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Yes, this will be a home work (I am self-learning not for university) question but I am not asking for solution. Instead, I am hoping to clarify the question itself.

In CLRS 3rd edition, page 593, excise 22.1-5,

The square of a directed graph G = (V, E) is the graph G^2 = (V, E^2) such that (u,v) ∈ E^2 if and only if G contains a path with at most two edges between u and v. Describe efficient algorithms for comput- ing G2 from G for both the adjacency-list and adjacency-matrix representations of G. Analyze the running times of your algorithms.

However, in CLRS 2nd edition (I can't find the book link any more), page 530, the same excise but with slightly different description:

The square of a directed graph G = (V, E) is the graph G^2 = (V, E^2) such that (u,w) ∈ E^2 if and only if for some v ∈ V, both (u,v) ∈ E and (v,w) ∈ E. That is, G^2 contains an edge between u and w whenever G contains a path with exactly two edges between u and w. Describe efficient algorithms for comput- ing G^2 from G for both the adjacency-list and adjacency-matrix representations of G. Analyze the running times of your algorithms.

For the old excise with "exactly two edges", I can understand and can solve it. for example, for adjacency-list, I just do v->neighbour->neighbour.neighbour, then add (v, neighbour.neighbour) to the new E^2.

But for the new excise with "at most two edges", I am confused.

What does "if and only if G contains a path with at most two edges between u and v" mean?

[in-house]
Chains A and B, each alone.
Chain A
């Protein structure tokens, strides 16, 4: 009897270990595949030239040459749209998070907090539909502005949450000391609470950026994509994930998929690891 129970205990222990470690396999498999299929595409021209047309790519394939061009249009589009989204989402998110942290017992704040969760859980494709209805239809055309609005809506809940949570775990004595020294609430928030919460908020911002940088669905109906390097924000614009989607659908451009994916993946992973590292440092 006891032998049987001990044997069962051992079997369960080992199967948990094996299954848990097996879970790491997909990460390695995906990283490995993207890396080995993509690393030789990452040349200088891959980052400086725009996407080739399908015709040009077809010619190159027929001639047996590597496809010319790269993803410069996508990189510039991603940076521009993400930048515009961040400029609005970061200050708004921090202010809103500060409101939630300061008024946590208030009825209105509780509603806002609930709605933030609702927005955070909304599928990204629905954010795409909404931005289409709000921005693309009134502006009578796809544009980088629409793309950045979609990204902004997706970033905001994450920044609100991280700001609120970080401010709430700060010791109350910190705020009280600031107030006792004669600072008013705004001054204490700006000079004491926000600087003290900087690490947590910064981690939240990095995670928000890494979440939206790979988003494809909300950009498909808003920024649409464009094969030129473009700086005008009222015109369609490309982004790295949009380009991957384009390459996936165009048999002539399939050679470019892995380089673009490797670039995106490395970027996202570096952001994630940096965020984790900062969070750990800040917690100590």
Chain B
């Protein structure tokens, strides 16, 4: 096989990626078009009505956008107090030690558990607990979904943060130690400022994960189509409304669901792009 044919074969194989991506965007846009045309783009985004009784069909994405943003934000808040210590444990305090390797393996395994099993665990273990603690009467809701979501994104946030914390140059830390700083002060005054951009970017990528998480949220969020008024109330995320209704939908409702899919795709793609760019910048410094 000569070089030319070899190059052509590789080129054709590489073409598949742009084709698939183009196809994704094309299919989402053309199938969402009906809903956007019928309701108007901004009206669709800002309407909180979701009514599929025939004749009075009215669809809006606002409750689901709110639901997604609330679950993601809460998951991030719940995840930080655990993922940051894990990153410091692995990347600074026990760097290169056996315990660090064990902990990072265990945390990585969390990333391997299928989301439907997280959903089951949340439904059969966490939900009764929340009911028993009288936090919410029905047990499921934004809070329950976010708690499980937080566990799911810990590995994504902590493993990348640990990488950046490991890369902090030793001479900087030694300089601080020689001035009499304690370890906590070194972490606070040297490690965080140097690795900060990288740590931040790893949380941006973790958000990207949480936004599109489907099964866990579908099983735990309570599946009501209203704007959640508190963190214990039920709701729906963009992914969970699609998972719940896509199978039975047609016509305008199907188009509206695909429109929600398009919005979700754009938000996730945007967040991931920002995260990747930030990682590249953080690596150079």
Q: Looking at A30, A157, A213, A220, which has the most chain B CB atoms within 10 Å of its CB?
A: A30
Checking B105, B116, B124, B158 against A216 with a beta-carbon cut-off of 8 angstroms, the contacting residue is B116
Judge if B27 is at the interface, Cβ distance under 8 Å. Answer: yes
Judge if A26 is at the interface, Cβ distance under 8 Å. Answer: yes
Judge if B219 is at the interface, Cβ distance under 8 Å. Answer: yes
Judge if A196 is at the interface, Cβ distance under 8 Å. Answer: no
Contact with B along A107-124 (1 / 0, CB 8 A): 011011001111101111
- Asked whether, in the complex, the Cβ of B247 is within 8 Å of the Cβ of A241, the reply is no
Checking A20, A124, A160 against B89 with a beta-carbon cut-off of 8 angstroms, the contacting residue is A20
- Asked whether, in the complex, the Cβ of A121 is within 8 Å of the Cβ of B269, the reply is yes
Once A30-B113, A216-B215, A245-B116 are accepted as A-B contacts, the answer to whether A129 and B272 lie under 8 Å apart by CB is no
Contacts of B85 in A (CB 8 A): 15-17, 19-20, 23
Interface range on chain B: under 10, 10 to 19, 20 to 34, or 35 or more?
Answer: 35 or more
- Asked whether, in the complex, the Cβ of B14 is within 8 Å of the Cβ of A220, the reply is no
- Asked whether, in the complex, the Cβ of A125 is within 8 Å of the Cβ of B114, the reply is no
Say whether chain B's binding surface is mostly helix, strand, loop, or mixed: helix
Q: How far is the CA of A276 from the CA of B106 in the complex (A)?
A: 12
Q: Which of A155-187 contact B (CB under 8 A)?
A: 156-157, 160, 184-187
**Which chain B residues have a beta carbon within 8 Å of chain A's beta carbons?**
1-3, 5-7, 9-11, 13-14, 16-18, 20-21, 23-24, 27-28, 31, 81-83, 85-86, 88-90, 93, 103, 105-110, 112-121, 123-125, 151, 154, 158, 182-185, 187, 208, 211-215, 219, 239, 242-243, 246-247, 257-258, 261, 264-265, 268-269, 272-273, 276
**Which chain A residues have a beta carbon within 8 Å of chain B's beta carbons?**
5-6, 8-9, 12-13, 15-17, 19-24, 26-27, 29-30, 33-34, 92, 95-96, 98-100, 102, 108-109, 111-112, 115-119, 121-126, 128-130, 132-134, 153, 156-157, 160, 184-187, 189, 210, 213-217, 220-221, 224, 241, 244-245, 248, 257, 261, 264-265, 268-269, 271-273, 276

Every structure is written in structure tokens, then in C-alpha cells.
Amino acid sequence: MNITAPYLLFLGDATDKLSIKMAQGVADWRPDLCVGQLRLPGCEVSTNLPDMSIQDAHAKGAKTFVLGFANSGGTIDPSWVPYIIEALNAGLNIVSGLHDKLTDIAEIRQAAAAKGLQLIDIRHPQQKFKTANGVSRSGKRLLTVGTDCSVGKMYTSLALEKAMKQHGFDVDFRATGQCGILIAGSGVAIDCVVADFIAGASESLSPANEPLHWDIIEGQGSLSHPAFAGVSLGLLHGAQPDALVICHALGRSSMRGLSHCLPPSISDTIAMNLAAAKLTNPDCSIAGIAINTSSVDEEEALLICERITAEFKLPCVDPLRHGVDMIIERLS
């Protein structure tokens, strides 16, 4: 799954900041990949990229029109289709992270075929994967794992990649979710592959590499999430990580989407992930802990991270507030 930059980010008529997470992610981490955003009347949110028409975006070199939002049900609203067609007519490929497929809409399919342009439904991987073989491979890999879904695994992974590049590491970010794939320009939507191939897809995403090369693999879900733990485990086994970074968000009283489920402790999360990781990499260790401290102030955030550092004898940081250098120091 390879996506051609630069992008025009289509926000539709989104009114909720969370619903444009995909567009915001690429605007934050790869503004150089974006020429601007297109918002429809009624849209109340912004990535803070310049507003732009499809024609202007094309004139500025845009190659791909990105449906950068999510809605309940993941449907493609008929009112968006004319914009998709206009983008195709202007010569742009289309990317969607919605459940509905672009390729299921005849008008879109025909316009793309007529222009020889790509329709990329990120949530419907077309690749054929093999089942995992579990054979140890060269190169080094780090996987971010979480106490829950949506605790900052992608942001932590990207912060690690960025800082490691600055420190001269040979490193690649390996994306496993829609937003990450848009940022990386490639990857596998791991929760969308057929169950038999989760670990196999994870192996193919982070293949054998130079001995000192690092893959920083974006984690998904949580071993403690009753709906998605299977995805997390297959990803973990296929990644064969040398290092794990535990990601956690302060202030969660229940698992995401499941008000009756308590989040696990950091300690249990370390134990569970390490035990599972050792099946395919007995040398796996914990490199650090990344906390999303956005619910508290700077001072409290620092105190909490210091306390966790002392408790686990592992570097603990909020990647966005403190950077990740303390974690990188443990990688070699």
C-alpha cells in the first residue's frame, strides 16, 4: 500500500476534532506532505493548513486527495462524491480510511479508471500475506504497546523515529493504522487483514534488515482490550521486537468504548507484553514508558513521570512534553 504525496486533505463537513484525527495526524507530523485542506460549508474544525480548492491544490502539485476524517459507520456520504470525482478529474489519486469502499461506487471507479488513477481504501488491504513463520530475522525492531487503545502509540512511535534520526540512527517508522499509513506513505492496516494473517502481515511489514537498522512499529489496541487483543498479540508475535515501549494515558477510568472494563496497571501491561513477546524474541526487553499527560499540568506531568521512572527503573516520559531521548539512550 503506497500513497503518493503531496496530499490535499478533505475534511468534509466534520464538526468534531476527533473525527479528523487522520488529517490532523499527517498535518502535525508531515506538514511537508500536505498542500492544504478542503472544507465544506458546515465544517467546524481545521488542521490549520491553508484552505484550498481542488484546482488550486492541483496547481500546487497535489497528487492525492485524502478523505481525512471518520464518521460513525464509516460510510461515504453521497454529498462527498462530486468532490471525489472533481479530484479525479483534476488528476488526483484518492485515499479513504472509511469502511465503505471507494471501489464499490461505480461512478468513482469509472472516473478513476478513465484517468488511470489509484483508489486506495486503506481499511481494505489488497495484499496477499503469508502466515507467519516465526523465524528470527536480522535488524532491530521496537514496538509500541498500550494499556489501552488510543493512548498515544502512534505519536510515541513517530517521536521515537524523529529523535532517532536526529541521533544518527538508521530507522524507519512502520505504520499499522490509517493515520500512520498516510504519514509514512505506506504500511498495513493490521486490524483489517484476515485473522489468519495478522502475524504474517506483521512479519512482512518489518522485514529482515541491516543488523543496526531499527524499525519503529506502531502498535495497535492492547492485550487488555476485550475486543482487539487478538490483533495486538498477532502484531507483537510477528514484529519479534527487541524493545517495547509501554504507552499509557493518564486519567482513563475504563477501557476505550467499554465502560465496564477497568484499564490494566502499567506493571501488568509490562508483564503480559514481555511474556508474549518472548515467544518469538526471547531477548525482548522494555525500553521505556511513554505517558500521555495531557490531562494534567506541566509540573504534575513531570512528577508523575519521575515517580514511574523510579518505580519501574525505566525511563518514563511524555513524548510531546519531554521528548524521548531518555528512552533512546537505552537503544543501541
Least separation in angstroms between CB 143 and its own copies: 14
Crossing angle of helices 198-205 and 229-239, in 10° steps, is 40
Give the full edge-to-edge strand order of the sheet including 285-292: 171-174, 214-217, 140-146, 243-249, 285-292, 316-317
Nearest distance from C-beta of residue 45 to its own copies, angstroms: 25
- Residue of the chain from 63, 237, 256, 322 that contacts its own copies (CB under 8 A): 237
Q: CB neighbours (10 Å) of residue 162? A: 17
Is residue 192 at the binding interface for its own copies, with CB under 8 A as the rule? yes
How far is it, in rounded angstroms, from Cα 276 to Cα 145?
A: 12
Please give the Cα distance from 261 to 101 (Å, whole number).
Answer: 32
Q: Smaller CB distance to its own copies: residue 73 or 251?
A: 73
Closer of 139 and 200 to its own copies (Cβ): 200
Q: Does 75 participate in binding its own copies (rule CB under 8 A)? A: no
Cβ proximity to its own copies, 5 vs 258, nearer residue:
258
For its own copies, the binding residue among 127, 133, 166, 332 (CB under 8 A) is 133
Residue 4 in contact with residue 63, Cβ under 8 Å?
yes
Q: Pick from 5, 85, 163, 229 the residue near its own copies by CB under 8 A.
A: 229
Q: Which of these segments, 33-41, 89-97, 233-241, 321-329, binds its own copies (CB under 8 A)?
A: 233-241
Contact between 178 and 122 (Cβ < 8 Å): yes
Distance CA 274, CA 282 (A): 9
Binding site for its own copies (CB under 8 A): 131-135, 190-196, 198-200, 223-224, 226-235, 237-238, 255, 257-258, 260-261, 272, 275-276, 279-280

Since one edge can meet the condition "at most two edges", if u and v has only one path which contains only one edge, should I add (u, v) to E^2?

What if u and v has a path with 2 edges, but also has another path with 3 edges, can I add (u, v) to E^2?

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2 Answers 2

up vote 2 down vote accepted

Yes, that's exactly what it means. E^2 should contain (u,v) iff E contains (u,v) or there is w in V, such that E contains both (u,w) and (w,v).

In other words, E^2 according to the new definition is the union of E and E^2 according to the old definition.

Regarding to your last question: it doesn't matter what other paths between u and v exist (if they do). So, if there are two paths between u and v, one with 2 edges and one with 3 edges, then (u,v) should be in E^2 (according to both definitions).

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so you mean the new excise added a little bit more trick to the old question? What if u and v has a path with 2 edges, but also has another path with 3 edges, can I add (u, v) to E^2? –  Jackson Tale Mar 11 '12 at 18:54
    
@JacksonTale, that doesn't matter, see my updated answer. –  svick Mar 11 '12 at 18:55
    
thanks for your addition in your answer. ok, but what is the real official definition of square of directed graph? –  Jackson Tale Mar 11 '12 at 18:56
    
@JacksonTale, in math, there often are no “official” definitions, especially for concepts that are not widely used. If you read a book or a paper, you have to go by their definitions. –  svick Mar 11 '12 at 18:58
    
thanks for your answer. –  Jackson Tale Mar 11 '12 at 18:59

The square of a graph G, G^2 defined by those vertices V' for which d(u,v)<=2 and the eges G' of G^2 is all those edges of G which have both the end vertices From V'

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